Try to think of a single action you could take that would improve your self esteem if you and everyone else were immortal. Try to couch the reason for valuing this action in Objectivist terms. I can't do it, since everything in Objectivist morality and ethics boils down to making life-affirming choices. We all have different issues that on occasion encourage us to engage in repression, rationalization, denial or avoidance of some form or another. For example, maybe a person is a touch more sensitive about something in their appearance than they should be. When someone, or something, reflects this to the person - at that moment the person is presented with a choice point. They can engage in some form of avoidance or they can experience a moment of pain which comes with more deeply accepting this aspect of their appearance. If they engage in self-acceptance, after the moment of pain, there comes an increase in self-esteem.
Self-esteem is an automatic, and unavoidable effect of certain conscious processes. When we engage in various forms of neurotic defensiveness (repression, denial, etc.) there will be an automatic, and unavoidable decrease in our level of self-esteem. When we use our consciousness in those ways that are healthy (self-acceptance, self-responsibility, living consciously, acting with integrity, being assertive, etc.) our self-esteem will automatically increase. This constant up and down is additive and over the course of time determines the extent to which we will have this background feeling of being competent to handle what the world presents us with and feeling that happiness and being lovable is appropriate to us.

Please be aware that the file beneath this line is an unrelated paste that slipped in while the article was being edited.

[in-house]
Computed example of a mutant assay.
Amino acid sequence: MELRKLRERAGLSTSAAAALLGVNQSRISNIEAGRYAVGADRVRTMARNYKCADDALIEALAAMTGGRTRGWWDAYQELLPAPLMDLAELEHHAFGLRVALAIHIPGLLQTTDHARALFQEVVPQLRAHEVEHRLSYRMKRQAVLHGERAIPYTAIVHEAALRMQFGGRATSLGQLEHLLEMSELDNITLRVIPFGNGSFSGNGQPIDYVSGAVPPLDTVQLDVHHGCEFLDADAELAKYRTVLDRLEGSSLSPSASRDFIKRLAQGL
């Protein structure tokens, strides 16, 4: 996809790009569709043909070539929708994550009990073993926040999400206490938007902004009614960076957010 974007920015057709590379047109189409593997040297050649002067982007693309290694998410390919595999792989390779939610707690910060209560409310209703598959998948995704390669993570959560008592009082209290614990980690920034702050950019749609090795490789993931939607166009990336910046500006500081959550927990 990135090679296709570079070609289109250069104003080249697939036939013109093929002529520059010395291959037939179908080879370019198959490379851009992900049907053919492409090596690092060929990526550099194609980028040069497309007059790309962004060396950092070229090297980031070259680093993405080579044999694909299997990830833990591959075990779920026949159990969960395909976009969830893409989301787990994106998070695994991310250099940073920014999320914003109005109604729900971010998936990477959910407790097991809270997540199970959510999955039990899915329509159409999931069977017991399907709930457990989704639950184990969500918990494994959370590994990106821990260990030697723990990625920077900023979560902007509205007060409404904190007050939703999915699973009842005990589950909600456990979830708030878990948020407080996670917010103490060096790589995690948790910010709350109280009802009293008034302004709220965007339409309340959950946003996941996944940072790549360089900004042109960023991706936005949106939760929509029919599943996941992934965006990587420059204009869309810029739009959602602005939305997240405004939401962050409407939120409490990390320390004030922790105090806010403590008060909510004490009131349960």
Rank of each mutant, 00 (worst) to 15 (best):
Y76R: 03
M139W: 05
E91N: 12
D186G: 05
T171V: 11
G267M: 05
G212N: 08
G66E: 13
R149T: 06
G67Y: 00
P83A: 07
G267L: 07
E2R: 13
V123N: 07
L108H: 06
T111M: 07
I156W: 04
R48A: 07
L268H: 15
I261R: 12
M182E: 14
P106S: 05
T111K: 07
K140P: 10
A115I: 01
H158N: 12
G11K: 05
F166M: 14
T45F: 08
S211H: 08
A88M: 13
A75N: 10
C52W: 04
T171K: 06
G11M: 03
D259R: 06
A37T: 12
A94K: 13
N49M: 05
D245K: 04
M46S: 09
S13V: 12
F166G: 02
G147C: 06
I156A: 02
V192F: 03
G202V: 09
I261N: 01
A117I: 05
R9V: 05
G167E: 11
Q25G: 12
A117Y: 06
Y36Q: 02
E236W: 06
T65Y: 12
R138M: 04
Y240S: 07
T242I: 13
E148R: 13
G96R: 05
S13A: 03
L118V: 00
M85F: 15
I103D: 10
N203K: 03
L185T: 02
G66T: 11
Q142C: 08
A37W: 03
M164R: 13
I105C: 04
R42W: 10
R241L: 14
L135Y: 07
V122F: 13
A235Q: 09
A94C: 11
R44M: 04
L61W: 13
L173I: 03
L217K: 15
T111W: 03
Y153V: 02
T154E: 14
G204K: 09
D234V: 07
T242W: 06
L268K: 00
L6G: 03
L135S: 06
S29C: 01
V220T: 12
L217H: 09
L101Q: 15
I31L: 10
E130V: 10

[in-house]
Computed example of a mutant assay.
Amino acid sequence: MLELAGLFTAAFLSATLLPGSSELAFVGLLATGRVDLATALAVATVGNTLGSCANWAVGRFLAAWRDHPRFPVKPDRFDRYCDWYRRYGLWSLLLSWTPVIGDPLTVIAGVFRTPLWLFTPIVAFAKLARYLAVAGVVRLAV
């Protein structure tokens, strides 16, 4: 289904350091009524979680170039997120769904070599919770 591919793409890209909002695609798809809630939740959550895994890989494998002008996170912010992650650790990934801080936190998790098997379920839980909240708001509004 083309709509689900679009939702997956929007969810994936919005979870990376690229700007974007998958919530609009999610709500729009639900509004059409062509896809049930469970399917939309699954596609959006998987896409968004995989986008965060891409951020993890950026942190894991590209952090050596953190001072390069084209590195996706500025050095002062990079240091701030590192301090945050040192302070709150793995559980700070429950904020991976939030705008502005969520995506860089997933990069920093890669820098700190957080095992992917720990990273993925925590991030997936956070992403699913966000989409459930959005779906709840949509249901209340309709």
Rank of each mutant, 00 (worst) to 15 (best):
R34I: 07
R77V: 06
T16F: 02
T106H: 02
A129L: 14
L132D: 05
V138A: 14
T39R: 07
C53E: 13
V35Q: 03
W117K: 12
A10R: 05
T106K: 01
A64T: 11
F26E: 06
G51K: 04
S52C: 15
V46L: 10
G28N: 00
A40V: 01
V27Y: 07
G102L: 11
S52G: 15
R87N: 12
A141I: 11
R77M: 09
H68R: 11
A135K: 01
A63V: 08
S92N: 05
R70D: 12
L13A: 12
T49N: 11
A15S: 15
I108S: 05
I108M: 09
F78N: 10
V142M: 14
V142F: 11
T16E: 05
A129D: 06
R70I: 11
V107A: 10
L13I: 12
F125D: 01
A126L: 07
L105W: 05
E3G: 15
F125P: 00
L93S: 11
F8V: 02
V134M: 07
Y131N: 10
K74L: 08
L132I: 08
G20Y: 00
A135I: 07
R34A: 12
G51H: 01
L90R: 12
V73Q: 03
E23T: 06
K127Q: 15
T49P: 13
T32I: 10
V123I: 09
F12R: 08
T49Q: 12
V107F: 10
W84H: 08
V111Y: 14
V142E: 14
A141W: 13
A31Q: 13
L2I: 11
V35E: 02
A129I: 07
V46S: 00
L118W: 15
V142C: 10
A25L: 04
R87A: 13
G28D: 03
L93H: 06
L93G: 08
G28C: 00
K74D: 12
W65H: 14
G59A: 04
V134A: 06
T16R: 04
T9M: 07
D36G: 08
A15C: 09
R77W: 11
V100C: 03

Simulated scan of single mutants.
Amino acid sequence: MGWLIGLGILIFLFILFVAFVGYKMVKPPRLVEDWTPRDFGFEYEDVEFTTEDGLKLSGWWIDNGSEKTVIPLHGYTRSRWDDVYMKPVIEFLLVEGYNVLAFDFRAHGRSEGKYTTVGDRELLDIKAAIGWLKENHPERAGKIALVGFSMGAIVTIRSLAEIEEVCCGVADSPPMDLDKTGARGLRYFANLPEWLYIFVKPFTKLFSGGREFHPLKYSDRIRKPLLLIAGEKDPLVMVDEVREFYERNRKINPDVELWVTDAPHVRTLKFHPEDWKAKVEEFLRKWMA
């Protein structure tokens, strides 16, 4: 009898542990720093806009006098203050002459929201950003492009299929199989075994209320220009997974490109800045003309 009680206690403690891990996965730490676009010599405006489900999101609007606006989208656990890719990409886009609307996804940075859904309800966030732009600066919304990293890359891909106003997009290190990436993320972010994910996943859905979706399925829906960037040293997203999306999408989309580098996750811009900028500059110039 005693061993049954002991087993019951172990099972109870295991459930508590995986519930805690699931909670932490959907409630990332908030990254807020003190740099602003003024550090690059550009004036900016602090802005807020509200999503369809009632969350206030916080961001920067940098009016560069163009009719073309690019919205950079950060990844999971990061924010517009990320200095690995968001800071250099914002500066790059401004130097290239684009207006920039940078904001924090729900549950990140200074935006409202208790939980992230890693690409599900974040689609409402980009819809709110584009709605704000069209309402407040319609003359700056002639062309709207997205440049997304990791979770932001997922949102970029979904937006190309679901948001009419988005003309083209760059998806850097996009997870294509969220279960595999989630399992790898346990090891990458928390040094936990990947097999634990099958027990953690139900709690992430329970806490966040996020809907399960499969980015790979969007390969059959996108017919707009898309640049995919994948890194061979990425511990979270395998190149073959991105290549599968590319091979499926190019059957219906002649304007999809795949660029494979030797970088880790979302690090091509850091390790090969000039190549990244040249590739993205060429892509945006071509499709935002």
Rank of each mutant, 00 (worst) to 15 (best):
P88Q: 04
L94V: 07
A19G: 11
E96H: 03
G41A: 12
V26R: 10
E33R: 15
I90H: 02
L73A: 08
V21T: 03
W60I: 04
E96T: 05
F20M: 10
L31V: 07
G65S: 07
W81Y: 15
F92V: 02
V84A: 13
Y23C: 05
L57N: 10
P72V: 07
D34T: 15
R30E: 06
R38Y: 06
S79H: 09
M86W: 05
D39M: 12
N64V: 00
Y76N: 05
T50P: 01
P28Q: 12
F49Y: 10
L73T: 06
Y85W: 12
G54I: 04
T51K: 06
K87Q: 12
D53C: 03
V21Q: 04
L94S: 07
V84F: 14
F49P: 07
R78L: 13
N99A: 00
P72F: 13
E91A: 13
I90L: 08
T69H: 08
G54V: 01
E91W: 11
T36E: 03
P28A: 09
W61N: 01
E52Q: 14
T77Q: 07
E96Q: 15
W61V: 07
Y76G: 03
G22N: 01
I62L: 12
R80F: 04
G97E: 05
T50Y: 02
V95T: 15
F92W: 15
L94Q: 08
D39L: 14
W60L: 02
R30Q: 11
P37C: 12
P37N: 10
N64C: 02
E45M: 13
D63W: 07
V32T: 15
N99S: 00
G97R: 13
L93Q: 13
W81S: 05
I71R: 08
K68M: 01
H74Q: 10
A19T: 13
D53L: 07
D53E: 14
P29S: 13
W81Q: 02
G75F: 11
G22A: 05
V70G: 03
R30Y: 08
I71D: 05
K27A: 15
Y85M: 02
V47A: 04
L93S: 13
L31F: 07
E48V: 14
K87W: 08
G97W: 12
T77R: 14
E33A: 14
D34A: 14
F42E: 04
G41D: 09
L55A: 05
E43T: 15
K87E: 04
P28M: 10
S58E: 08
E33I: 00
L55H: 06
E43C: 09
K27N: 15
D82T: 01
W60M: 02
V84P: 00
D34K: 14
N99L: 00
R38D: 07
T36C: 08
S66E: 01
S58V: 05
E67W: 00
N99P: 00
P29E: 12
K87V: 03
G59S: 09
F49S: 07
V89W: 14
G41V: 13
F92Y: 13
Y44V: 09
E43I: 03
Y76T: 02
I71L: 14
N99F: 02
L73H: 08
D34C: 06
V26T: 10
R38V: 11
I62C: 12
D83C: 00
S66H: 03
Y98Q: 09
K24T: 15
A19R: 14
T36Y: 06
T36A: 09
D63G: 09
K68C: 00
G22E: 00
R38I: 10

When this background experience - self-esteem - runs high enough it is very empowering - like a high octane fuel. When the feeling is very low it becomes a strong motivation to engage in neurotic defensiveness. It is the reward for using your consciousness in the proper fashion, or the punishment for using it in the wrong way.
I think this makes it clear that self-esteem is a by-product of the way a person uses their consciousness and that I don't think it would be directly effected by becoming immortal. In fact, without mortality, self-esteem would be more important as a goal, and for the reward it can constitute.
I wouldn't put self-esteem into the category of Objectivist philosophy, but rather into psychology, which rests upon the philosophy of psychology which in turn rests upon philosophy.
Talking about the Matrix, you said:
There would have to be some struggle, some sense of accomplishment. You can't win in life if there is no possibility of losing. ... We need a certain amount of risk and struggle to remain human. I agree with this. But I don't think it will ever be possible to eliminate risk. We just change the kinds of things at risk. To make a choice is to risk being wrong, and we choose everything - including the person we are.
Just a note: I'm not a "former psychiatric professional" - that is a license only granted to people who have a medical degree. My degree was a Master's level degree in clinical psychology.